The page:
But overall, this was simply a really CG-heavy spot. With the shot of Josh’s face in the suit, for example, the only thing that isn’t CG is his face. 

LBB> Finally, this is an incredibly cinematic trailer. But were there any differences between your approach to this project and how the Rodeo FX team might work on a sequence in a feature-length film? 

Patrick> It was very similar, yes. We needed to plan ahead to make sure there was no time wasted on iterations, for example. Working with the agency, Digital Kitchen, was incredibly helpful in that regard because they were very clear with what they wanted. That was extra-important given the tight nine-week timeline. 

I think on some larger-scale movies it takes a bit longer because there are simply more shots to be working on. This was a very efficient trailer to put together - perhaps thanks in part to our team’s experience in working on sci-fi environments for Halo, and creepy worlds in Stranger Things

Part Two: The Gamescom Immersive Experience

Above: Rodeo FX helped to chill and thrill attendees at 2022’s Gamescom in Germany with a blood-curdling immersive installation. 

LBB> Julia, this campaign delivers on the survival-horror premise of The Callisto Protocol. What was your initial vision for the project, and how close does the final activation align with that?

Julia> Liquid Arcade initially approached us because they loved another installation we did for the SAAQ (essentially the Quebec version of an American DMV), and asked if we could develop this type of CG scan activity at Gamescom in Cologne, Germany for the Callisto launch. 

Essentially, the attendees enter a kiosque for The Callisto Protocol and stand in front of a big screen which “scans” them, and when they’re least expecting it, a huge “monster” comes into the scene whose skeleton we also see. It was a lot of fun and it got big reactions. Two thousand participants lined up for hours to get their chance at their own scan, and leave with a souvenir video clip.

LBB> Nicolas, how did you ensure that the skeleton was following the participants movements? 

Nicolas> The key to what we have done here is find the right balance between reactivity and smoothness. The AI body tracking solution gives a good but noisy result, so we turned to inverse kinematics (physics simulation) to make sure that the skeleton didn’t go all demon-possessed on us with flipping limbs! The final ingredient was to interpolate between the ‘resting’ pose and ‘controlled’ pose to gracefully lose/recover when detection becomes unreliable. 

Part Three: 3D Billboards in London and New York 

Above: The Rodeo FX team made the most of some prime real estate in Piccadilly Circus and Times Square 

LBB> Emilie, the out of home campaign in London and New York looks like it provided plenty of entertainment for passers-by. How much did you enjoy seeing their reactions!?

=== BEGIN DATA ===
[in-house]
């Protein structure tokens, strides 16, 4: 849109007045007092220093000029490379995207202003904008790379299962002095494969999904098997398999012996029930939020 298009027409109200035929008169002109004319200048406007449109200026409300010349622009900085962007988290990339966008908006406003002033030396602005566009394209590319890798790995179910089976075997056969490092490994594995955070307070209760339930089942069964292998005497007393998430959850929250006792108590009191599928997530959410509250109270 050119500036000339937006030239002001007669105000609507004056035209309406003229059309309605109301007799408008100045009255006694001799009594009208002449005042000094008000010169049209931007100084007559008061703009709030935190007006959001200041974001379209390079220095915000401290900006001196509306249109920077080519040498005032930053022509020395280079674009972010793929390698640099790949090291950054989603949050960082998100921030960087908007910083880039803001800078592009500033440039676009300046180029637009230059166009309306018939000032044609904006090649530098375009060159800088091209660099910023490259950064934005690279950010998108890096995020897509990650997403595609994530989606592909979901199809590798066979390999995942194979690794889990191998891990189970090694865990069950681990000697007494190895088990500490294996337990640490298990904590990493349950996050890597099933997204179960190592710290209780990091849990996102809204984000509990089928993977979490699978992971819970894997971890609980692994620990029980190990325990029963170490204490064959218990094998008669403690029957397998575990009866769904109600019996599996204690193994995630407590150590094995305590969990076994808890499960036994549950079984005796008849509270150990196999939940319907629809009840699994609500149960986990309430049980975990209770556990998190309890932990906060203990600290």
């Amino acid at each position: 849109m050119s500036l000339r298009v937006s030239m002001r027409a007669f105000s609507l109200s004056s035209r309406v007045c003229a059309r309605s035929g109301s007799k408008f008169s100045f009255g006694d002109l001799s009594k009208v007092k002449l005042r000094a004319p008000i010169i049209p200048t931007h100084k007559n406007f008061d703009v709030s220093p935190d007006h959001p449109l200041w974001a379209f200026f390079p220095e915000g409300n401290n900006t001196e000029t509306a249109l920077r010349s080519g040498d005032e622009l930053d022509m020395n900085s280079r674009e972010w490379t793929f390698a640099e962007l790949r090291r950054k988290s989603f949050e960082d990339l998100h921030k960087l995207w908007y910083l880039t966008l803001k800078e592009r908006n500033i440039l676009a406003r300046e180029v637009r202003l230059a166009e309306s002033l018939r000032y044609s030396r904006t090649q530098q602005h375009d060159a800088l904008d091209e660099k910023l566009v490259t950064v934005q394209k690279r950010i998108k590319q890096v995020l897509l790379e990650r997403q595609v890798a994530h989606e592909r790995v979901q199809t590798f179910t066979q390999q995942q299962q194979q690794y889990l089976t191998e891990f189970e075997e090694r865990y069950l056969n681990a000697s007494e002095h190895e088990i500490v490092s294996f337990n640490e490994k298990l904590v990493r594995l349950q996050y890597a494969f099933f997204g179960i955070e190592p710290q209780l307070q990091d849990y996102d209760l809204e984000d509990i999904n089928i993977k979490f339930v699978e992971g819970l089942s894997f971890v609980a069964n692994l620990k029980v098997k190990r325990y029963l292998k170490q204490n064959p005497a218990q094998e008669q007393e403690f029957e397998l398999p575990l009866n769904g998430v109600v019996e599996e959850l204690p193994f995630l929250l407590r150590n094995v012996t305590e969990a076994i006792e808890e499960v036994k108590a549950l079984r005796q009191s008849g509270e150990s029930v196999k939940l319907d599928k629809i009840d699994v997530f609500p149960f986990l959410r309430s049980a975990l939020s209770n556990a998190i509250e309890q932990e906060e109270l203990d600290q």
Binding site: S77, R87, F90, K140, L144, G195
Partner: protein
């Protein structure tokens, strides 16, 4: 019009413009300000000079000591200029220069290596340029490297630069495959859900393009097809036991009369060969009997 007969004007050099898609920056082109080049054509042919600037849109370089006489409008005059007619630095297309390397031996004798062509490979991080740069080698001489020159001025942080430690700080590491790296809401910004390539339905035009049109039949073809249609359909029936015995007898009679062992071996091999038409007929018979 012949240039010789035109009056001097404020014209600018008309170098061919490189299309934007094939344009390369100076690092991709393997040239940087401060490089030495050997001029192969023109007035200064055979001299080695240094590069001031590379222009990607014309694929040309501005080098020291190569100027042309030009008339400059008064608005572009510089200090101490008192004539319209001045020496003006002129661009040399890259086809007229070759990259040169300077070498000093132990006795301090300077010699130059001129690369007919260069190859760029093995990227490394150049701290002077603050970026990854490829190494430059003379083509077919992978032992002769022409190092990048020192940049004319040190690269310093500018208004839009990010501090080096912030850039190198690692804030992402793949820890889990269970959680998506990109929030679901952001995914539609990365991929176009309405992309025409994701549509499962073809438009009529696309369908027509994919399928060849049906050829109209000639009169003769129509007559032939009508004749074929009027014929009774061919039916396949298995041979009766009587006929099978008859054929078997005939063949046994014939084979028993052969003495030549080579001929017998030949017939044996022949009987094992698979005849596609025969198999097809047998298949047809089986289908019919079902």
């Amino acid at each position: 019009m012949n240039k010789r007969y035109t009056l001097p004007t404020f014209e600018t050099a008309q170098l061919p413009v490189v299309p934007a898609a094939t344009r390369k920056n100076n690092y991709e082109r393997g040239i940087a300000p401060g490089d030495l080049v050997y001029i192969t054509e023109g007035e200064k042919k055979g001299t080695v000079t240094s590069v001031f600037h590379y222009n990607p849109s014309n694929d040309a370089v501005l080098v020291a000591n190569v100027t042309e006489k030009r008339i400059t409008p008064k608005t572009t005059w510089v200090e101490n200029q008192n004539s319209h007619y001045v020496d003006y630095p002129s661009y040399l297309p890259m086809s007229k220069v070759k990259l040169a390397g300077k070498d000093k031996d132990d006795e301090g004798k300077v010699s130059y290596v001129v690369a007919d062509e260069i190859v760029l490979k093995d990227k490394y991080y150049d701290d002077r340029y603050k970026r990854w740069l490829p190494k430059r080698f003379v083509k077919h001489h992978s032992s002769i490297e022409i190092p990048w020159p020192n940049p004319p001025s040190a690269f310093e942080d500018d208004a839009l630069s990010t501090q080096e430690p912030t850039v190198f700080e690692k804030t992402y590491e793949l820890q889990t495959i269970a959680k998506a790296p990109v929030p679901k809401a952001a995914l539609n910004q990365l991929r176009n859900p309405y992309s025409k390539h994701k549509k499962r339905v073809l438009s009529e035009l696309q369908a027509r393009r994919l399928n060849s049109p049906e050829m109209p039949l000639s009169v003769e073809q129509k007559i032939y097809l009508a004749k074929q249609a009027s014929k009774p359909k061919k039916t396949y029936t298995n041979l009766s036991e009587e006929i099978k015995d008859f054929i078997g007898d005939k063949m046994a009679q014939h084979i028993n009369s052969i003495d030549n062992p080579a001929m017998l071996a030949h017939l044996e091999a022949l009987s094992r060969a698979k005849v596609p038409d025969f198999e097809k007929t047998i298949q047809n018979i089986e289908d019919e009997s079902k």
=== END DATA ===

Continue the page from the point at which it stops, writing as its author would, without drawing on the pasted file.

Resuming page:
Emilie> Haha, yeah it was a lot of fun. First of all, it’s just so incredibly cool seeing a project like this light up places such as Picadilly Circus in London and Times Square in New York. We’re still at a point where there’s a shock factor around 3D imagery in public places, which helped us in generating the reactions we saw. The agency, Digital Kitchen, was really onto something with this idea from the start. The billboards' impact was also emphasised by the sheer size of these screens - 44.22m x 17.4m in London, and an enormous 97.31m x 23.67m in New York City. 

LBB> And is there anything you’d do differently if you had your time again? 

Emilie> Well, maybe, because we had so many options from the source material when it came to generating that moment of surprise. We played with ideas like a big explosion, broken scenery, or people jumping out from the screen. But, these are all ideas which I hope we can dip back into for future projects… 

LBB> Marie-Piere, looking at these campaigns as a whole - across all the elements of your work promoting The Callisto Protocol, what do you think was Rodeo FX’s greatest strength? 

Marie-Piere> I’d say it was the 360 degree nature of our offering. So we of course helped put together this incredible live action trailer starring Josh Duhamel, which maybe we could describe as a ‘traditional’ element of a campaign. But we also went far beyond that - creating an immersive experience at Gamescom and then a stunning 3D billboard in London and New York as well. So instead of going to three different vendors - and running up the kind of bill that might entail - we’re doing all of these different things under one roof. We’ve become a high-end one stop shop. 

LBB> In addition to the financial advantages of working in that way, are there any creative benefits too? 

Marie-Piere> Definitely. It means you’re not dealing with silos, broken chains of communication, or different interpretations of a creative vision. That’s a great advantage - it also means we can lean on all the talents we have in-house here at Rodeo, the kind of people who put together feature film VFX as we did for Fantastic Beasts, Black Adam, and John Wick. 

LBB> Finally, to what extent do you think that a video game - and especially a game with horror elements - lends itself to this kind of experiential marketing that you guys worked on? 

Marie-Piere> A great extent! It’s a natural fit. Video games are playful and they provoke emotion - whether it be excitement, joy, or a bit of fear. Experiential projects work in much the same way, becoming a natural and seamless extension of a game’s identity. I’m proud of how neatly the experiences we designed feel like they fit into the world of the game.

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Genres: Visual VFX, Horror

Categories: Sports and Leisure, Gaming

Rodeo FX, Mon, 20 Feb 2023 08:21:00 GMT